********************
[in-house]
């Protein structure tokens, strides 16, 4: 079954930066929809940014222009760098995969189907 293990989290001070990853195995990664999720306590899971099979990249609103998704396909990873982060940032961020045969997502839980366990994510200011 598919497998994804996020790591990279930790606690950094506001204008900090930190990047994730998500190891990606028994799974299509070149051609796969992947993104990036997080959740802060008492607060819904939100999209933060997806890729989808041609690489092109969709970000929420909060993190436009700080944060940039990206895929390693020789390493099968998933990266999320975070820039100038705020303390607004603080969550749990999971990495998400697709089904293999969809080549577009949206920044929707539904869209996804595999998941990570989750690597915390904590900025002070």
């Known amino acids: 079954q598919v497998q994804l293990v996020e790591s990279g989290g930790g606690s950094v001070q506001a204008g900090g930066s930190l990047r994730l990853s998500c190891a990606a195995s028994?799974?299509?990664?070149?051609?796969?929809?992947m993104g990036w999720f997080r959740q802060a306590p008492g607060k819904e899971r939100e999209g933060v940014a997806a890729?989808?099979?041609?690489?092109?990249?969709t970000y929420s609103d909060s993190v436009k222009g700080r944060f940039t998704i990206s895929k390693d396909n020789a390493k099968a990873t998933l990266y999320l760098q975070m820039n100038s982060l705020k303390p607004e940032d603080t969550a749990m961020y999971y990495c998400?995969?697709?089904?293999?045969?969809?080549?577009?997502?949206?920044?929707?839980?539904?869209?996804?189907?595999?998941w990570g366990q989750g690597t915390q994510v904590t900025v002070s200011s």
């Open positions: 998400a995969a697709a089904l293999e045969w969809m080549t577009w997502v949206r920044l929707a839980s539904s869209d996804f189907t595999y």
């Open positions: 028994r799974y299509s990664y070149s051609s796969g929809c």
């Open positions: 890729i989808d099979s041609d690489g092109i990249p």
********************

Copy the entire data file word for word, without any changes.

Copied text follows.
[in-house]
């Protein structure tokens, strides 16, 4: 079954930066929809940014222009760098995969189907 293990989290001070990853195995990664999720306590899971099979990249609103998704396909990873982060940032961020045969997502839980366990994510200011 598919497998994804996020790591990279930790606690950094506001204008900090930190990047994730998500190891990606028994799974299509070149051609796969992947993104990036997080959740802060008492607060819904939100999209933060997806890729989808041609690489092109969709970000929420909060993190436009700080944060940039990206895929390693020789390493099968998933990266999320975070820039100038705020303390607004603080969550749990999971990495998400697709089904293999969809080549577009949206920044929707539904869209996804595999998941990570989750690597915390904590900025002070």
């Known amino acids: 079954q598919v497998q994804l293990v996020e790591s990279g989290g930790g606690s950094v001070q506001a204008g900090g930066s930190l990047r994730l990853s998500c190891a990606a195995s028994?799974?299509?990664?070149?051609?796969?929809?992947m993104g990036w999720f997080r959740q802060a306590p008492g607060k819904e899971r939100e999209g933060v940014a997806a890729?989808?099979?041609?690489?092109?990249?969709t970000y929420s609103d909060s993190v436009k222009g700080r944060f940039t998704i990206s895929k390693d396909n020789a390493k099968a990873t998933l990266y999320l760098q975070m820039n100038s982060l705020k303390p607004e940032d603080t969550a749990m961020y999971y990495c998400?995969?697709?089904?293999?045969?969809?080549?577009?997502?949206?920044?929707?839980?539904?869209?996804?189907?595999?998941w990570g366990q989750g690597t915390q994510v904590t900025v002070s200011s």
């Open positions: 998400a995969a697709a089904l293999e045969w969809m080549t577009w997502v949206r920044l929707a839980s539904s869209d996804f189907t595999y």
């Open positions: 028994r799974y299509s990664y070149s051609s796969g929809c």
């Open positions: 890729i989808d099979s041609d690489g092109i990249p």